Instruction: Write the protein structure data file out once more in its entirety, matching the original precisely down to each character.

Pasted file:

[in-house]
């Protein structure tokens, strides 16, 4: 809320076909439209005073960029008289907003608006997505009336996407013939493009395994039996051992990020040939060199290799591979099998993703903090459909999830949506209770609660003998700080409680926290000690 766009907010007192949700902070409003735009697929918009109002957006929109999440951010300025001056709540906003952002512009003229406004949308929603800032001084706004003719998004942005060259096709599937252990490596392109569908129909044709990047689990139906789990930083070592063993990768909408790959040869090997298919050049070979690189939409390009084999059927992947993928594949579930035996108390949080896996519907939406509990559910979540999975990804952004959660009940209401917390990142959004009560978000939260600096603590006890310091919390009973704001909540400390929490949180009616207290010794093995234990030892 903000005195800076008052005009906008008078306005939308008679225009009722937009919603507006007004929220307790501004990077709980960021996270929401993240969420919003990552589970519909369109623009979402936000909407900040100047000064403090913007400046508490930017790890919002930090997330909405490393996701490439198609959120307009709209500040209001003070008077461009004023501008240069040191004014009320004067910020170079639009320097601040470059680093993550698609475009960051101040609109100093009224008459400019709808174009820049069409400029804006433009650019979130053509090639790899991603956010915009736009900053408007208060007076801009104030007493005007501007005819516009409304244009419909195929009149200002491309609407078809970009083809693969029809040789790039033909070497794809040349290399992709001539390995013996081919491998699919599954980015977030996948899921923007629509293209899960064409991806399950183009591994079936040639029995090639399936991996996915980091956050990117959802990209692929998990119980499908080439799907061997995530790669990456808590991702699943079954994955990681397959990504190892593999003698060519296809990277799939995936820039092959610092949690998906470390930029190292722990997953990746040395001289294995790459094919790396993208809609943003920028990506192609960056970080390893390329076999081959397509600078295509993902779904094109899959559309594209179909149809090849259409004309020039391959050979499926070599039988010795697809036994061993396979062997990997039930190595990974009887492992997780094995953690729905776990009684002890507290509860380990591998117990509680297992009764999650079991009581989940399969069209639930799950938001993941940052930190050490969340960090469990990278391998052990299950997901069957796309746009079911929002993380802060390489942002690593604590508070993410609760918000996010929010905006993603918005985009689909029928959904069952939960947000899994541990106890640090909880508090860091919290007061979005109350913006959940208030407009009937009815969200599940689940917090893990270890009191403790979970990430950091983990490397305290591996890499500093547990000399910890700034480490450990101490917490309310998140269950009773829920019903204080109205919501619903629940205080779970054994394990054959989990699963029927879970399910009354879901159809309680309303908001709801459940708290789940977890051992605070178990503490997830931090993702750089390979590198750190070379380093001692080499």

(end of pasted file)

[in-house]
């Protein structure tokens, strides 16, 4: 809320076909439209005073960029008289907003608006997505009336996407013939493009395994039996051992990020040939060199290799591979099998993703903090459909999830949506209770609660003998700080409680926290000690 766009907010007192949700902070409003735009697929918009109002957006929109999440951010300025001056709540906003952002512009003229406004949308929603800032001084706004003719998004942005060259096709599937252990490596392109569908129909044709990047689990139906789990930083070592063993990768909408790959040869090997298919050049070979690189939409390009084999059927992947993928594949579930035996108390949080896996519907939406509990559910979540999975990804952004959660009940209401917390990142959004009560978000939260600096603590006890310091919390009973704001909540400390929490949180009616207290010794093995234990030892 903000005195800076008052005009906008008078306005939308008679225009009722937009919603507006007004929220307790501004990077709980960021996270929401993240969420919003990552589970519909369109623009979402936000909407900040100047000064403090913007400046508490930017790890919002930090997330909405490393996701490439198609959120307009709209500040209001003070008077461009004023501008240069040191004014009320004067910020170079639009320097601040470059680093993550698609475009960051101040609109100093009224008459400019709808174009820049069409400029804006433009650019979130053509090639790899991603956010915009736009900053408007208060007076801009104030007493005007501007005819516009409304244009419909195929009149200002491309609407078809970009083809693969029809040789790039033909070497794809040349290399992709001539390995013996081919491998699919599954980015977030996948899921923007629509293209899960064409991806399950183009591994079936040639029995090639399936991996996915980091956050990117959802990209692929998990119980499908080439799907061997995530790669990456808590991702699943079954994955990681397959990504190892593999003698060519296809990277799939995936820039092959610092949690998906470390930029190292722990997953990746040395001289294995790459094919790396993208809609943003920028990506192609960056970080390893390329076999081959397509600078295509993902779904094109899959559309594209179909149809090849259409004309020039391959050979499926070599039988010795697809036994061993396979062997990997039930190595990974009887492992997780094995953690729905776990009684002890507290509860380990591998117990509680297992009764999650079991009581989940399969069209639930799950938001993941940052930190050490969340960090469990990278391998052990299950997901069957796309746009079911929002993380802060390489942002690593604590508070993410609760918000996010929010905006993603918005985009689909029928959904069952939960947000899994541990106890640090909880508090860091919290007061979005109350913006959940208030407009009937009815969200599940689940917090893990270890009191403790979970990430950091983990490397305290591996890499500093547990000399910890700034480490450990101490917490309310998140269950009773829920019903204080109205919501619903629940205080779970054994394990054959989990699963029927879970399910009354879901159809309680309303908001709801459940708290789940977890051992605070178990503490997830931090993702750089390979590198750190070379380093001692080499």